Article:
The NYPost food writer, Steve Cuozzo, must have woke up on the wrong side of the bed. In one of his latest rants, The Gripes of Wrath, Cuozzo is calling out what he pens:
‘We haven’t ranted about petty dining-out nuisances in a while, because the not-so-petty ones must take priority — like fame-craving chefs fleeing their kitchens, and the utter abandonment of culinary creativity in favor of “branding.”’
I don’t really take any offense to any of his rants, except when he decided to call out ramps:
‘The good stuff we really want, like local peas and asparagus, doesn’t turn up for at least another month. So impatient chefs smother us in ramps, the garlicky, leek-like wild onions that come out of the ground in March. They’re supposed to presage the glorious bounty to come. Instead, they remind us of winter’s bottomless pit of turnips and rutabaga. I’d rather eat wild grass on the High Line.’
Ramps with bottarga and chicken eggs
To get the appetite whet, last Saturday I had dinner for a friend’s birthday at Otto. Having group wine tastings in the front “wine bar” area is also one heck of a fun Sunday activity. I like Otto although am clearly not in the camp of others that love the place.
One special recently caught my attention. Sadly I cannot recall exactly what was on the ramps pizza special and let’s blame that on the wine and grappa. The other ramps special was a salad: ramps con duo ouva – ramps with two eggs. The waiter informed me that one of the eggs was a sunnyside up egg of sorts and the second, bottarga. Boom! It was ordered.
Poor man’s caviar
The poor man’s caviar, i like that. Bottarga is the roe pouch of a tuna or grey mullet. It’s massaged by hand (ohh la la) and then dried and cured in sea salt for weeks. The result is a hard slab of fish roe deliciousness. It has a rich and savory, very slightly fishy, salty flavor and a tacky, waxy bite and mouth feel. Bottarga is fun to eat as it sticks to the roof of one’s mouth and behind the teeth.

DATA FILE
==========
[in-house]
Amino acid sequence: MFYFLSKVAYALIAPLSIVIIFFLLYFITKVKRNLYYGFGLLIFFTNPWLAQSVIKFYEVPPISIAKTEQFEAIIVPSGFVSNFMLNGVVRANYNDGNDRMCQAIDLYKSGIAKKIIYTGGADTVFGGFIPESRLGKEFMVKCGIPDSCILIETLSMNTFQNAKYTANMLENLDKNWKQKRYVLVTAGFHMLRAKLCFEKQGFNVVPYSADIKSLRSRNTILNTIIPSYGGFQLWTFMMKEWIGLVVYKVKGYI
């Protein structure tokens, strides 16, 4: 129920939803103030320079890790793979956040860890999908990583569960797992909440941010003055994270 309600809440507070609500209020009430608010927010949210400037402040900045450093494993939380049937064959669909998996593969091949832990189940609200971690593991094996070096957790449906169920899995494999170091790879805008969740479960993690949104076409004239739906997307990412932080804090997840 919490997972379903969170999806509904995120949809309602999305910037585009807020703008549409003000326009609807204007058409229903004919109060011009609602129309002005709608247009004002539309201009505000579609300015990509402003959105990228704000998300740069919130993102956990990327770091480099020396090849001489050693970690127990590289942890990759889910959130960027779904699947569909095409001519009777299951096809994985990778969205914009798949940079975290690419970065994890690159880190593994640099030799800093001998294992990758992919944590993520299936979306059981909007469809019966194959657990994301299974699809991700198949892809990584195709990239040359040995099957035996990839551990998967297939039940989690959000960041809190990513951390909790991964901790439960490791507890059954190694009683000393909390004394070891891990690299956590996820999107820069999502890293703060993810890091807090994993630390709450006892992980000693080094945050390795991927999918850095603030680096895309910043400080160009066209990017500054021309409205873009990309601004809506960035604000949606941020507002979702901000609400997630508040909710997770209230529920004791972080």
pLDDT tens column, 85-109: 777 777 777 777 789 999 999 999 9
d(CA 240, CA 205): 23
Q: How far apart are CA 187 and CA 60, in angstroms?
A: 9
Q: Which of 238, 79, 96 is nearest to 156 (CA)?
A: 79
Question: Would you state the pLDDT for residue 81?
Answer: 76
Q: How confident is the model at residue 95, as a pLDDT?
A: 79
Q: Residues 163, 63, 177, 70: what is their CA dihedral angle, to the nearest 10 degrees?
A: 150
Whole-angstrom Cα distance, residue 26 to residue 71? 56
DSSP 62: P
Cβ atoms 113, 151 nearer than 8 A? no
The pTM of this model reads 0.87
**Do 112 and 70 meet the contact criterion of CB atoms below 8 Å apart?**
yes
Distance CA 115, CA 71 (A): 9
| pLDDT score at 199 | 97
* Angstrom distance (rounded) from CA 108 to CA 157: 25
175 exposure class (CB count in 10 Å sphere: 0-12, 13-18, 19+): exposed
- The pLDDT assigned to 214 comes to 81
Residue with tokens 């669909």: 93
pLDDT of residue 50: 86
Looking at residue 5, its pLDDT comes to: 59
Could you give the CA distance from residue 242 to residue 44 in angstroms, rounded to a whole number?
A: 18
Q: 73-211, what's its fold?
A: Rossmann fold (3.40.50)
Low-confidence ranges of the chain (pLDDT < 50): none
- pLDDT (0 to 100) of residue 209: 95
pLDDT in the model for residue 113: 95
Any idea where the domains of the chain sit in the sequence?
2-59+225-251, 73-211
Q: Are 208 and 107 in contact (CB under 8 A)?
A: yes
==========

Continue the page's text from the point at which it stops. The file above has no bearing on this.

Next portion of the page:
It is best-known in Sicilian and Sardinian cuisines and its culinary properties can be compared to those of dry anchovies. My mom uses dry anchovies all the time to make fish broths for Korean soups, so I’m a big fan. Surely though, bottarga is more expensive.
Fish roe pairs with nero do’avola
Bottarga is often served with lemon juice as an appetizer or grated into pasta dishes or as in Otto’s case, grated over a salad. The ramps were sauteed in olive oil with chilies as it had an intoxicating and addicting heat to them. The sunnyside egg on top of the ramps provided a silky texture due to its undercooked whites and beautiful yolk. It was the bottarga that transfigured this dish, providing it a unique mouth feel and a dreamy salty fishy roe taste. The residual heat from the ramps and chilies lingered pairing gorgeously with the bottarga.
Following the party in one’s mouth with nero do’avola, the most imported wine from Sicily, just re-opened the taste buds as this varietal of grape was designed by God to be drank with bottarga (and ramps)! Cuozzo, if you ain’t down with that…we got two words for ya!